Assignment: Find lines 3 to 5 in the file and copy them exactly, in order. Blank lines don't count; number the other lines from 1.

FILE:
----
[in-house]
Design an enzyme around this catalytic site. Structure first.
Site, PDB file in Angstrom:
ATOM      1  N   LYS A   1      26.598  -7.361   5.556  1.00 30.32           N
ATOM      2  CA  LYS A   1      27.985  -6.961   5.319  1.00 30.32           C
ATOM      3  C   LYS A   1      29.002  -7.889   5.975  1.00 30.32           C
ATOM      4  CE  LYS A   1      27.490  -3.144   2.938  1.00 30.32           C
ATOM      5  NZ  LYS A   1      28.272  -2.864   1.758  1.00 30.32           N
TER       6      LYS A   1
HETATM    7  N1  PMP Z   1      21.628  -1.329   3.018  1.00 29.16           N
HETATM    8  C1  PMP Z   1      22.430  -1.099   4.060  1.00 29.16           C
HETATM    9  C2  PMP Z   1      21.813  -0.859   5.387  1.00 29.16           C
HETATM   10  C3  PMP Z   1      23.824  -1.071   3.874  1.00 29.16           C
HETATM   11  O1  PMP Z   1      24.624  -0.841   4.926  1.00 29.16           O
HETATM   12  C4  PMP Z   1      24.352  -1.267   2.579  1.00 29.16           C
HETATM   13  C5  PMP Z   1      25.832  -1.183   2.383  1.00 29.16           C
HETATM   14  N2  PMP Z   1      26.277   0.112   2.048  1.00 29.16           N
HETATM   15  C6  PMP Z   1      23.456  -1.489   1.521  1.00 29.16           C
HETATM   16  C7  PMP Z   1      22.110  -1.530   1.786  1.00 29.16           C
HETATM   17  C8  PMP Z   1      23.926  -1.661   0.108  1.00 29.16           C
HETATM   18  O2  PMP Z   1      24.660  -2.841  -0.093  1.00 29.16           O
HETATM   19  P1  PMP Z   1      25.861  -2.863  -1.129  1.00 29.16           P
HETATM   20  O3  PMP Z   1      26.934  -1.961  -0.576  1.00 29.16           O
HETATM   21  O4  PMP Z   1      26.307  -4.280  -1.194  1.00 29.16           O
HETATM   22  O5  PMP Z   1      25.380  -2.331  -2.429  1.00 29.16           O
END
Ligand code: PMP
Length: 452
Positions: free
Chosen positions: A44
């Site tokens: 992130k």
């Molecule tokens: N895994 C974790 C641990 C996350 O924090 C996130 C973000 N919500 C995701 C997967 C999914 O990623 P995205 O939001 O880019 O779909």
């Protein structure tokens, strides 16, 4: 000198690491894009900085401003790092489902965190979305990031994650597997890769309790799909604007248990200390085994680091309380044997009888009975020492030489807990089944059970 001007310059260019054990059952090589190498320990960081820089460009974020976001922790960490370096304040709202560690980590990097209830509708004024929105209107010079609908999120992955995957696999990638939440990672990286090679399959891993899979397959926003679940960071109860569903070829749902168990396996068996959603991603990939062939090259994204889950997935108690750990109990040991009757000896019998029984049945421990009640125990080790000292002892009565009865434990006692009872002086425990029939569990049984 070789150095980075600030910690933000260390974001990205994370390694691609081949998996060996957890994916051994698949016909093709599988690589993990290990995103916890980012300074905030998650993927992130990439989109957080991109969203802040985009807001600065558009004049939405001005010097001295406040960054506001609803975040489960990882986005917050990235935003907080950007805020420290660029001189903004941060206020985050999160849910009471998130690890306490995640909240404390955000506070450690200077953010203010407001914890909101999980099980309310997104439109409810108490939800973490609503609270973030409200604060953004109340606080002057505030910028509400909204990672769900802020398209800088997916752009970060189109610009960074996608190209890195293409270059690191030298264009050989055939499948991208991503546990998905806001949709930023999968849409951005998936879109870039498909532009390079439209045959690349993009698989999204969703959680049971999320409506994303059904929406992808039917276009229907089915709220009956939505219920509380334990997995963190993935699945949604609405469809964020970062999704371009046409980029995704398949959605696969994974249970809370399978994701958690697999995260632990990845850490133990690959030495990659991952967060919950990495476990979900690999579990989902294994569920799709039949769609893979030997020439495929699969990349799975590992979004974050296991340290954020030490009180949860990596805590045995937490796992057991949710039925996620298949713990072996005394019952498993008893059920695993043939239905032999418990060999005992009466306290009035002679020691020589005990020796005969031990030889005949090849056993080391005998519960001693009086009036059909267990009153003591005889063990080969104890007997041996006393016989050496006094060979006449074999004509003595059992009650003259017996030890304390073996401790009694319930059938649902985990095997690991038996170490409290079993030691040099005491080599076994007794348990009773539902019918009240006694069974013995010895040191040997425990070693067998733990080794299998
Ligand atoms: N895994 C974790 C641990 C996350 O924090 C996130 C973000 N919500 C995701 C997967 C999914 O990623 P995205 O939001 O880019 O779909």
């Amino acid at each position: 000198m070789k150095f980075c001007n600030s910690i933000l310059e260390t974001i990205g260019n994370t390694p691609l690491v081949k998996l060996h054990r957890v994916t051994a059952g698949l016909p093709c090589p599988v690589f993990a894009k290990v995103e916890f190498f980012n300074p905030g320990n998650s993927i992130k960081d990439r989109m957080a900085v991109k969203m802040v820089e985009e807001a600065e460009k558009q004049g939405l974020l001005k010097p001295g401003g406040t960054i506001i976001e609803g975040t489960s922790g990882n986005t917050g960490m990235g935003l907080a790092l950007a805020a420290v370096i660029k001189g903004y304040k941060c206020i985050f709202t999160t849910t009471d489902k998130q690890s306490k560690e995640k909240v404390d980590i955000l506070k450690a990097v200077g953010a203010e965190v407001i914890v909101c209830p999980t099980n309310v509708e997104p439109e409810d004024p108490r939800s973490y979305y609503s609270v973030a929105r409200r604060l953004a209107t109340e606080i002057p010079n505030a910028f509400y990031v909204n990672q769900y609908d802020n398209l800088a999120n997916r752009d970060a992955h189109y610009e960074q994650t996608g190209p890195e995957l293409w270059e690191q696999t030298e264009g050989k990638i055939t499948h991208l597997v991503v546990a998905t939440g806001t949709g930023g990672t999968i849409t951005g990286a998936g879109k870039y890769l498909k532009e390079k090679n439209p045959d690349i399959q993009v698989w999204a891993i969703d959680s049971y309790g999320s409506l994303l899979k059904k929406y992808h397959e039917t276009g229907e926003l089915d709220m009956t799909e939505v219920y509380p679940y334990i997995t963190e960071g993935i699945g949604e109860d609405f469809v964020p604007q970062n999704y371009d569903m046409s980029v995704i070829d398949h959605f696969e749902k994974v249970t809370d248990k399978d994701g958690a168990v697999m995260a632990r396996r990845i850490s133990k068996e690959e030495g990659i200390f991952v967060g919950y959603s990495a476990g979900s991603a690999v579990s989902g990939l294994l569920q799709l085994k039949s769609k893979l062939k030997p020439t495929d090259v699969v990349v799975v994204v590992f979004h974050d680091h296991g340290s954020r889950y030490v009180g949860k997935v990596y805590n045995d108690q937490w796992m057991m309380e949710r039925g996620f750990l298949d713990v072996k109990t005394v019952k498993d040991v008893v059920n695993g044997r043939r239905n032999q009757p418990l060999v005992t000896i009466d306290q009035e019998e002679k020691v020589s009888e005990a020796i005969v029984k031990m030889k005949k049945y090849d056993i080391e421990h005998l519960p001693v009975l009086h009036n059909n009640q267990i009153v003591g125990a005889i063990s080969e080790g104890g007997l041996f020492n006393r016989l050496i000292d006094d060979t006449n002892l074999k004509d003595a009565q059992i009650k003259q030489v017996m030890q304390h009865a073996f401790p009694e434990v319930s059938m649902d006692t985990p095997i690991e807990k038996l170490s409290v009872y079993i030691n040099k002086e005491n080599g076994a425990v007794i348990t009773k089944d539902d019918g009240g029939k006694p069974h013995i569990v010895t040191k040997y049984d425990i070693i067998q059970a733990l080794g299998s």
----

Site, PDB file in Angstrom:
ATOM      1  N   LYS A   1      26.598  -7.361   5.556  1.00 30.32           N
ATOM      2  CA  LYS A   1      27.985  -6.961   5.319  1.00 30.32           C